...Yeah, probably not. But it's nice to hope.

James Cheney - September 3, 2011 11:44 PM (GMT)
Starz dropped out because they figured partnership with Netflix would undermine profitability of their cable franchise, which costs more to access than either Netflix plan and doesn't afford the freedom to pick and choose what content of theirs you watch. Screw them and cable generally! Netflix may seem expensive but it looks good compared to cable with all its tiers and old junk dressed up as premium content stuck behind a paywall -what an extortion racket!

Lenny Moore - September 4, 2011 02:13 AM (GMT)

Lenny Moore - September 15, 2011 06:14 PM (GMT)

James Cheney - September 15, 2011 09:55 PM (GMT)
Here's an interesting and possibly ominous bit:

QUOTE
In July, the company said it expected that it would end the third quarter with 22 million subscribers to the streaming service, 12 million of whom would also opt for the DVD-by-mail service. It expected back then that 3 million would opt only for the DVD service. Now, it's expecting that just 2.2 million will opt only for DVDs, a drop of 800,000.


They never give you enough numbers in these news stories. Did the 12 million streaming-plus-DVD estimate hold, for example. Oh, here's the answer sort of:

QUOTE
It still expects 12 million of those streaming subscribers to also pay for DVD-by-mail, helping it to generate more revenue overall.


What exactly leads them to continue expecting the 12 million while revising downward expectations for the 3 million? Based on cancellations to date or what?

Methodology aside, it appears dvd-s are continuing to fade, and that fewer people than expected are opting for dvd-only. I've been dithering on my decision and remain in the probably large group who still gets both streaming and discs for the simple reason we just haven't gotten around yet to opting out of one, the other, or both. I'm pretty sure that streaming's what I'll stick with along with cable stripped down to basic, and high speed internet. The home entertainment profile's looking rather spartan in this household. I notice I haven't bought a new dvd in over a year and that we watch way more PD stuff over the net than I'd have ever expected to. Book reading via the library is way up as well. How does this snapshot compare to what you all are doing entertainment-wise?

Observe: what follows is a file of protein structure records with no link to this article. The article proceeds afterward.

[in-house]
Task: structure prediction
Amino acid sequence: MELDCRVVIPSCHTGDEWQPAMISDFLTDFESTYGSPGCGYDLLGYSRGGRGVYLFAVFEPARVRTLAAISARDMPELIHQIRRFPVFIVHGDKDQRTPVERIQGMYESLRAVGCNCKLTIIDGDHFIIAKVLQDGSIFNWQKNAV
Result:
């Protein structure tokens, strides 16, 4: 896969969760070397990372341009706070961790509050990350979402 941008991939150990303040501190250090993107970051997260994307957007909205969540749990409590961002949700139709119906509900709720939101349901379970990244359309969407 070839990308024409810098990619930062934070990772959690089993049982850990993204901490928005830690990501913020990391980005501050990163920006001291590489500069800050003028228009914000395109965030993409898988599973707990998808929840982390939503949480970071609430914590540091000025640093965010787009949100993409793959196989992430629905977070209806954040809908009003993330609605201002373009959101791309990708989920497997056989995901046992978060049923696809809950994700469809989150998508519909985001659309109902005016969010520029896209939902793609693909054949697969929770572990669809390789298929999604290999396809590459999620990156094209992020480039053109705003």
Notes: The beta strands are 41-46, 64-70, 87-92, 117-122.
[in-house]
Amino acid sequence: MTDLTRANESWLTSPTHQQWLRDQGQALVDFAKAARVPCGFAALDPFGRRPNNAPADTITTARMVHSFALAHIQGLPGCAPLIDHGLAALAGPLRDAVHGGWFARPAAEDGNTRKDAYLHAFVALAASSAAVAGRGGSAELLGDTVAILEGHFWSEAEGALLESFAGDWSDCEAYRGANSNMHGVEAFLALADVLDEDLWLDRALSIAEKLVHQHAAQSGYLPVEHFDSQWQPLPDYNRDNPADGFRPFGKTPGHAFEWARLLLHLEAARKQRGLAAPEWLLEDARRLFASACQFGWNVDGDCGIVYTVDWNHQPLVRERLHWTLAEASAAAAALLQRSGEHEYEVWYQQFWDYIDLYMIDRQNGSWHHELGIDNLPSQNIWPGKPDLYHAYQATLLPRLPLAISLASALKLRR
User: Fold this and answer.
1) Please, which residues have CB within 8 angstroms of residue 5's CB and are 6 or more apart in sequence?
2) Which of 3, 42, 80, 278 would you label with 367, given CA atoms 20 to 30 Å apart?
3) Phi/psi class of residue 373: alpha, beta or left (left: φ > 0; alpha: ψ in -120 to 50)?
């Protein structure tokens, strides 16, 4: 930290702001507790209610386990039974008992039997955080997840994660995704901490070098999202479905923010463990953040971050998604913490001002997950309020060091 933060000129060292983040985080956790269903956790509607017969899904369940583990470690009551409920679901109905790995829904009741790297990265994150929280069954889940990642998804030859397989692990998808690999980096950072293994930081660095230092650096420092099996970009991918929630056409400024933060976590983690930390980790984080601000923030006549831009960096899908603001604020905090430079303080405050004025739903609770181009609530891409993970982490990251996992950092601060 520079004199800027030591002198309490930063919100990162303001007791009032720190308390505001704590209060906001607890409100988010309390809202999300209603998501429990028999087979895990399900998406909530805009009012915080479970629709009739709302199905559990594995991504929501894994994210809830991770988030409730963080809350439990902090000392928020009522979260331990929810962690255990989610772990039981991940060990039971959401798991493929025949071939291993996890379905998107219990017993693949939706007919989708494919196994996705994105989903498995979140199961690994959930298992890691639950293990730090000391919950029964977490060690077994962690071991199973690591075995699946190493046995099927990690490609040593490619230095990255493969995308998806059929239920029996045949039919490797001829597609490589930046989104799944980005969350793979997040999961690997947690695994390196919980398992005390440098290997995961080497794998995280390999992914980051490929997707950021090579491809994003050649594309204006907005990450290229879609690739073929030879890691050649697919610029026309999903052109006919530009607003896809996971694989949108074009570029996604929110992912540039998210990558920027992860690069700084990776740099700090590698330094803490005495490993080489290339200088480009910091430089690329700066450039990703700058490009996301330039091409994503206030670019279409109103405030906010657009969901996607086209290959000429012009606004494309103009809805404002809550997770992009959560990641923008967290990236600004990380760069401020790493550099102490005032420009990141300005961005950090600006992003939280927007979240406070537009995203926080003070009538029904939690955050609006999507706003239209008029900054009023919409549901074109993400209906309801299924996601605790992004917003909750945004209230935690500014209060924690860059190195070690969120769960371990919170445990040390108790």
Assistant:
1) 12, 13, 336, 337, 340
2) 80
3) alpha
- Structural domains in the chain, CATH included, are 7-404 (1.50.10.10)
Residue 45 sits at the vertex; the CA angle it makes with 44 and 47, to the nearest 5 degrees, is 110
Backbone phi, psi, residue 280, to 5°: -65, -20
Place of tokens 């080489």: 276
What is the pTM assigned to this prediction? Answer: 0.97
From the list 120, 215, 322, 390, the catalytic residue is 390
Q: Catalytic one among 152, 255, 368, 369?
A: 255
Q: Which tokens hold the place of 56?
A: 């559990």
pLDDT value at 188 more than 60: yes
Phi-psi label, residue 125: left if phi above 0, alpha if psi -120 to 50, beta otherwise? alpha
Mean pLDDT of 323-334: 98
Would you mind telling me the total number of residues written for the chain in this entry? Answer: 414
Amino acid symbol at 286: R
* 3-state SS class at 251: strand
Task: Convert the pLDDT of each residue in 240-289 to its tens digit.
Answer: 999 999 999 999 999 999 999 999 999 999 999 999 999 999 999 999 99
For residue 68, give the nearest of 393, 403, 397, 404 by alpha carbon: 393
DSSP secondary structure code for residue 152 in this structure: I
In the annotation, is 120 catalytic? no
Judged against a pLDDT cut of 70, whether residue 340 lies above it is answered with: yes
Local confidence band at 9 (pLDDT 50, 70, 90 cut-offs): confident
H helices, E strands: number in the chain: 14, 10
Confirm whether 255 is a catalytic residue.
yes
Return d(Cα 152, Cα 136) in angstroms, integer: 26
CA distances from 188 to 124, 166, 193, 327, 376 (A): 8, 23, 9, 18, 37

Marc McCloud - September 15, 2011 10:56 PM (GMT)
QUOTE (James Cheney @ Sep 15 2011, 03:55 PM)
How does this snapshot compare to what you all are doing entertainment-wise?

I have seen people returning to my stores that I haven't seen in YEARS. This has been bittersweet for me though. While I appreciate the uptick in business, I'm a little upset that it took Netflix's price increase to make them come back... despite my time spent trying to differentiate ourselves from them. I live in a town that prides themselves in supporting small business, but in the end, it's all about the convenience and money.

Unless I'm mistaken, the physical dvd customers are the money makers for Netflix and the streaming is hitting them for a loss. I'm sure they are biting their nails watching the drama at the Postal Service. What will happen when Saturday deliveries are cut out, postage rates increased or at worst, no mail service at all?

Still, I see this as a small window of opportunity. We are going ahead with Video Store Day on October 15th. Hopefully people will eventually realize our worth in their communities.

Lisa Larkin - September 16, 2011 02:04 AM (GMT)
One of Lenny's links led me to the following obnoxious bit of news:

Fox pulls free shows from Fox.com, Hulu

:angry: I love how they blame the tv providers for their own extortionate actions:

QUOTE
Fox is using its pay wall to encourage viewers to push their local cable provider to reach agreements with the network to give them access to the site. Viewers who subscribe to Dish Network will see this message when they attempt to access full-length episodes: "Frustrated? Join your fellow subscribers and let your TV provider know that you want access to all full episodes on FOX.com. We will send an email when your provider's status changes."

Marc McCloud - September 16, 2011 02:22 AM (GMT)
QUOTE (Lisa Larkin @ Sep 15 2011, 08:04 PM)
One of Lenny's links led me to the following obnoxious bit of news:

Fox pulls free shows from Fox.com, Hulu

:angry: I love how they blame the tv providers for their own extortionate actions:


Didn't Fox create Hulu?

James Cheney - September 16, 2011 06:01 AM (GMT)